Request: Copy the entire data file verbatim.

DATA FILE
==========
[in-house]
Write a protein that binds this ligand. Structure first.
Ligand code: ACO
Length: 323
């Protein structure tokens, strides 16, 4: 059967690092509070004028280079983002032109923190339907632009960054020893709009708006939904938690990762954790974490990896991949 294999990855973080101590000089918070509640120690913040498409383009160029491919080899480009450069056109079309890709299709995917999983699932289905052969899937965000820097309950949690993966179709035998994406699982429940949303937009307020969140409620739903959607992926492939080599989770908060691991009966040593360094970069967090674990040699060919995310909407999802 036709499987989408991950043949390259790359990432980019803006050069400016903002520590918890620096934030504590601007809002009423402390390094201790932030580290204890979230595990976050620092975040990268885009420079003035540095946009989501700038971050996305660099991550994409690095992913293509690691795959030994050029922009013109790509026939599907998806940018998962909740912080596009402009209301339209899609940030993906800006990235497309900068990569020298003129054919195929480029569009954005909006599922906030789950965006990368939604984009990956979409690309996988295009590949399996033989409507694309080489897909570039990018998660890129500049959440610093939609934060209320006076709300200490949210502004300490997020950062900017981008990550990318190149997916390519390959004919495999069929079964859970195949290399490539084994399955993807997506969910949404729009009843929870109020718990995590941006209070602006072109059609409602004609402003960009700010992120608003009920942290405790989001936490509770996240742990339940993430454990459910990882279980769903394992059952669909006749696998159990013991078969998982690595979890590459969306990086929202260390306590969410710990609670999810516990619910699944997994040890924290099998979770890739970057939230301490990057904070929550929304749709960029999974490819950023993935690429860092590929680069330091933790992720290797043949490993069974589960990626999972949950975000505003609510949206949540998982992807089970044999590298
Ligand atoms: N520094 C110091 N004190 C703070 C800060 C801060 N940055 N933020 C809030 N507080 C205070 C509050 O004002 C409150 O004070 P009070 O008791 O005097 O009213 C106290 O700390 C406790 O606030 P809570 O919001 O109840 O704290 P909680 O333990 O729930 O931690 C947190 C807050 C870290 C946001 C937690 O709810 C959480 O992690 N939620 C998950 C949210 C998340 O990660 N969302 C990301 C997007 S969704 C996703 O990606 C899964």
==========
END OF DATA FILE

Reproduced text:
[in-house]
Write a protein that binds this ligand. Structure first.
Ligand code: ACO
Length: 323
């Protein structure tokens, strides 16, 4: 059967690092509070004028280079983002032109923190339907632009960054020893709009708006939904938690990762954790974490990896991949 294999990855973080101590000089918070509640120690913040498409383009160029491919080899480009450069056109079309890709299709995917999983699932289905052969899937965000820097309950949690993966179709035998994406699982429940949303937009307020969140409620739903959607992926492939080599989770908060691991009966040593360094970069967090674990040699060919995310909407999802 036709499987989408991950043949390259790359990432980019803006050069400016903002520590918890620096934030504590601007809002009423402390390094201790932030580290204890979230595990976050620092975040990268885009420079003035540095946009989501700038971050996305660099991550994409690095992913293509690691795959030994050029922009013109790509026939599907998806940018998962909740912080596009402009209301339209899609940030993906800006990235497309900068990569020298003129054919195929480029569009954005909006599922906030789950965006990368939604984009990956979409690309996988295009590949399996033989409507694309080489897909570039990018998660890129500049959440610093939609934060209320006076709300200490949210502004300490997020950062900017981008990550990318190149997916390519390959004919495999069929079964859970195949290399490539084994399955993807997506969910949404729009009843929870109020718990995590941006209070602006072109059609409602004609402003960009700010992120608003009920942290405790989001936490509770996240742990339940993430454990459910990882279980769903394992059952669909006749696998159990013991078969998982690595979890590459969306990086929202260390306590969410710990609670999810516990619910699944997994040890924290099998979770890739970057939230301490990057904070929550929304749709960029999974490819950023993935690429860092590929680069330091933790992720290797043949490993069974589960990626999972949950975000505003609510949206949540998982992807089970044999590298
Ligand atoms: N520094 C110091 N004190 C703070 C800060 C801060 N940055 N933020 C809030 N507080 C205070 C509050 O004002 C409150 O004070 P009070 O008791 O005097 O009213 C106290 O700390 C406790 O606030 P809570 O919001 O109840 O704290 P909680 O333990 O729930 O931690 C947190 C807050 C870290 C946001 C937690 O709810 C959480 O992690 N939620 C998950 C949210 C998340 O990660 N969302 C990301 C997007 S969704 C996703 O990606 C899964």